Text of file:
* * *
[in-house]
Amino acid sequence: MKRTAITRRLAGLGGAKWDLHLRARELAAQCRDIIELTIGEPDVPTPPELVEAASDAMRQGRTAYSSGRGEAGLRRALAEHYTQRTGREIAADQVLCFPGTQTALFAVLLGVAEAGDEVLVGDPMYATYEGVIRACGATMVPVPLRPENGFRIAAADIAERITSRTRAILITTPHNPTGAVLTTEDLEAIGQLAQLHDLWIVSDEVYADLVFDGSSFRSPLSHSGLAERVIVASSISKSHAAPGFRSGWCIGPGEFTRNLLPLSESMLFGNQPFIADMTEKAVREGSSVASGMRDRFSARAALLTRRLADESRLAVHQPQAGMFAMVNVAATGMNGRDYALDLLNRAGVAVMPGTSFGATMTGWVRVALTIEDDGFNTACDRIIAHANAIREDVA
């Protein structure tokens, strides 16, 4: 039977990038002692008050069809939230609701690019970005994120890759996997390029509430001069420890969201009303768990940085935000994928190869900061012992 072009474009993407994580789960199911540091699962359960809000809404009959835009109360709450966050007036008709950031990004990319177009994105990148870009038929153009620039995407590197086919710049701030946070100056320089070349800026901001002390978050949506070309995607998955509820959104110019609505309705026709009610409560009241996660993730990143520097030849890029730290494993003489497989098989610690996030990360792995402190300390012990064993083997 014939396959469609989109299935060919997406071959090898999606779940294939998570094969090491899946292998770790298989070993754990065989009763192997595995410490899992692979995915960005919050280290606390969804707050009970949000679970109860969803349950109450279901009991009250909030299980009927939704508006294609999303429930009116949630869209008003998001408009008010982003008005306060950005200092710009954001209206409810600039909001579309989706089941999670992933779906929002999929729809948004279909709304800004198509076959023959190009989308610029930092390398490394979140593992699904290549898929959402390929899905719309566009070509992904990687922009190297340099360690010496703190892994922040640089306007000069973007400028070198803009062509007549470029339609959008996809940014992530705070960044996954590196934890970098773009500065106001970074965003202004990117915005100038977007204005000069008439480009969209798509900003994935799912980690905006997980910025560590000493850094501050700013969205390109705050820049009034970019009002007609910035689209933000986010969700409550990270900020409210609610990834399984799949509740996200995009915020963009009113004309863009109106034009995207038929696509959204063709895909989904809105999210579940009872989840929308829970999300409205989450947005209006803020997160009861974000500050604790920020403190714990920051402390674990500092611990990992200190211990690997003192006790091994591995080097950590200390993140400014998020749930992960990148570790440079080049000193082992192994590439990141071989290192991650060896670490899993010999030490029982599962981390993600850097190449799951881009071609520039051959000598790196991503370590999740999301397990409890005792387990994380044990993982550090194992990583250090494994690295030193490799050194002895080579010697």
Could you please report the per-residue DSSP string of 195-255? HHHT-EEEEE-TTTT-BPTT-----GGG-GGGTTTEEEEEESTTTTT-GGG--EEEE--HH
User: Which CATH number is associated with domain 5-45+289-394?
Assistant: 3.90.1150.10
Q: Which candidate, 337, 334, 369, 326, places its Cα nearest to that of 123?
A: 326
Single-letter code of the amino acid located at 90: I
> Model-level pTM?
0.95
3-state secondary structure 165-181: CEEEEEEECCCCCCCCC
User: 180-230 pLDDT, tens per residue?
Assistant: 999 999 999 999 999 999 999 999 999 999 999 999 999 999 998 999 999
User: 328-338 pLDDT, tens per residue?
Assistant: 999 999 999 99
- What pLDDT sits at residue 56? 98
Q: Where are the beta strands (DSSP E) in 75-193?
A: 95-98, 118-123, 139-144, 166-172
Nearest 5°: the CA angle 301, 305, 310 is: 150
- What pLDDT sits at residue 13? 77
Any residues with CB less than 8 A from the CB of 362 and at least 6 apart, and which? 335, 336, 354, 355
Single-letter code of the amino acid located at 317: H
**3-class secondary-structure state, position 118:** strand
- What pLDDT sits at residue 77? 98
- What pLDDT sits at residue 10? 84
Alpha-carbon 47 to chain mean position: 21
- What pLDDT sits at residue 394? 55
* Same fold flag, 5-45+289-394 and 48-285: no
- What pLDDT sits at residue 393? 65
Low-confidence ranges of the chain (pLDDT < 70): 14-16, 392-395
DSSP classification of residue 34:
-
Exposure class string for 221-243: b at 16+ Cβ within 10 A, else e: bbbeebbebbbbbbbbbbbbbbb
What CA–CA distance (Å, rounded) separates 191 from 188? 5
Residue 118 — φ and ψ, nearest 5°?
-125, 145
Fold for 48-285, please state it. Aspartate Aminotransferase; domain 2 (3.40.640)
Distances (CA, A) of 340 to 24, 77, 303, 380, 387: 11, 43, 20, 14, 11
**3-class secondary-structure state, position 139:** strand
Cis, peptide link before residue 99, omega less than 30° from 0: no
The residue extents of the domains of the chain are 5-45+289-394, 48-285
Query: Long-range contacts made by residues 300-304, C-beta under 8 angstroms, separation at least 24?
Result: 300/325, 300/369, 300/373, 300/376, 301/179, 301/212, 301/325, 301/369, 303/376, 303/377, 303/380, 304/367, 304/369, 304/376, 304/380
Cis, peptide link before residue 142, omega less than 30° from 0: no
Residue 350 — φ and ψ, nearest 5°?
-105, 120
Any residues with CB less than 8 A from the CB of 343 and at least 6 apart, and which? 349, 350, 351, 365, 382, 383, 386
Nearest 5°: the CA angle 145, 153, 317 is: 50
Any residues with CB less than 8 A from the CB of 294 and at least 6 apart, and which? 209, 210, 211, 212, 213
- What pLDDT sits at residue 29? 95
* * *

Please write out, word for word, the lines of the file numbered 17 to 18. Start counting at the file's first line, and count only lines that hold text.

- What pLDDT sits at residue 56? 98
Q: Where are the beta strands (DSSP E) in 75-193?